Unika Gujar displays her handmade crochet dolls. (Photo by Adina Keeling)

Crochet toys are a hot item for students at Willard Elementary School. That’s what local artist and early childhood educator Unika Gujar discovered five years ago at the school fair, where she set up a stand and sold her handmade crochet toys. 

The Willard students loved the toys, and when Unika ran out, they begged for more. Realizing the popularity of her goods, Unika decided to start selling her toys more seriously. 

Although Unika doesn’t have a website yet, she does frequent local markets and displays her toys on Instagram. She primarily sells larger crochet dolls and small animals, like cows, mice or penguins, and her toys are washable, vegan and safe for kids. The materials she uses are natural, and she said they make very popular gifts for kids and young adults. 

Unika began crocheting when she was 12, but she didn’t start making larger toys until about 10 years ago. Her niece Ulrika, nicknamed Ulkis, was a baby at the time, and Unika wanted to challenge herself by making something special for her. 

Unika successfully crocheted a colorful doll, which Ulkis immediately loved. “The minute I showed it to her, she held it, and she slept with it,” said Unika. “It was something that made me so happy.”

Unika named her brand Ulkis Toys after her niece, and said that her aim is to make her crochet dolls cute and full of character. Unika said she never makes the same doll twice, and many of her dolls are inspired by people she meets. 

The most popular of Unika’s toys are her Black dolls, she said, because kids want to see themselves represented in their toys, and it’s much harder for kids of color to find toys that look like them. So children really appreciate these dolls, she said.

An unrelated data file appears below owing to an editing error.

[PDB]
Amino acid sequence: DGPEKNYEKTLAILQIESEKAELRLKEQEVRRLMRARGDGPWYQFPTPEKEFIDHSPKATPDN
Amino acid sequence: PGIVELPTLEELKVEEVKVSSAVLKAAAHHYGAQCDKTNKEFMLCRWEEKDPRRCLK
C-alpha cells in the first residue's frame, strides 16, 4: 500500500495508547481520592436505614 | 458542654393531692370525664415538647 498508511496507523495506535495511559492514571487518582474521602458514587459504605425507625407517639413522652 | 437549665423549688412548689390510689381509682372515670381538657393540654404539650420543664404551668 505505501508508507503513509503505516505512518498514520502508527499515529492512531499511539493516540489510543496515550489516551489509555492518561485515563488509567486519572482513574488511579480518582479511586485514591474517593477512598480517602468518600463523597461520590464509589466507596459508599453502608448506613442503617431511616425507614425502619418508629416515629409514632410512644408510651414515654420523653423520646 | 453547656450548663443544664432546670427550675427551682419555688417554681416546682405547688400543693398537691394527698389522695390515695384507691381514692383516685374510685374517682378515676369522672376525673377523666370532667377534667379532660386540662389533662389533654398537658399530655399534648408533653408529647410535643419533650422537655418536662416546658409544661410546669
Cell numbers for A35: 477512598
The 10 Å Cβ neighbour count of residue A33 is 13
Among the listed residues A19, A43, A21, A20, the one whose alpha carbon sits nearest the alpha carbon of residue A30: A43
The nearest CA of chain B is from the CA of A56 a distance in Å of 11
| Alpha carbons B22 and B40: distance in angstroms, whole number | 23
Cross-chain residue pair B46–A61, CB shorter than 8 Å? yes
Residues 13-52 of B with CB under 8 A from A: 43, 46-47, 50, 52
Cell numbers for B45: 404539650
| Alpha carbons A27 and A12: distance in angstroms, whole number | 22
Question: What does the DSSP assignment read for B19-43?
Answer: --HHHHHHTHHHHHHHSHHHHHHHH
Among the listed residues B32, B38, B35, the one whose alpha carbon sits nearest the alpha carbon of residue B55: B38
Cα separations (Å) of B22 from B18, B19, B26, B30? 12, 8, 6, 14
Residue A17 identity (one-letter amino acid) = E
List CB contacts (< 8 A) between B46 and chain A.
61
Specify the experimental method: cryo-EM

Recently, Unika crocheted a Black doll who wore beads in her hair. Unika said she displayed this doll at a market, where a little girl came up to the stand and said, “Hey, that looks like me!” The young girl’s reaction made Unika realize she needs to add more details that help children see themselves in her dolls. 

Unika also takes orders and designs dolls that reflect the appearance and interests of her customers. Unika recalls an order placed last Christmas in which she made one doll that wore glasses, another that played hockey and another that liked to read.

Customers can request dolls that are modeled after specific people. (Photo by artist)

It takes Unika approximately three to four hours to make her small crochet animals, and about a day and a half for the larger dolls. The little animals sell for $15 to $20 and the dolls range between $50 and $80. 

Unika graduated as a textile designer and has also worked as a teacher. During that time, she learned the importance of pretend play, which she hopes to encourage with her dolls. Now, Unika teaches at an after-school crochet club and a calligraphy club for students at Willard Elementary School. 

During the pandemic, Unika was unable to work and didn’t sell many dolls, so she started an additional line called Unika’s Handpainted Facemasks, which are painted and customized facemasks. “I got an amazing response for my hand-painted masks,” she said.

She is still taking orders, and her line’s Facebook page shows several hundred designs she painted onto masks. 

Prospective customers can place an order with Unika, either for custom-made face masks or for her crochet toys, by emailing her at ulrikaaraa@gmail.com.

Adina Keeling

Adina Keeling is a photojournalist and reporter, covering city news, sustainability, schools, and art. She also investigates mental health systems and environmental injustices in Evanston, and puts together...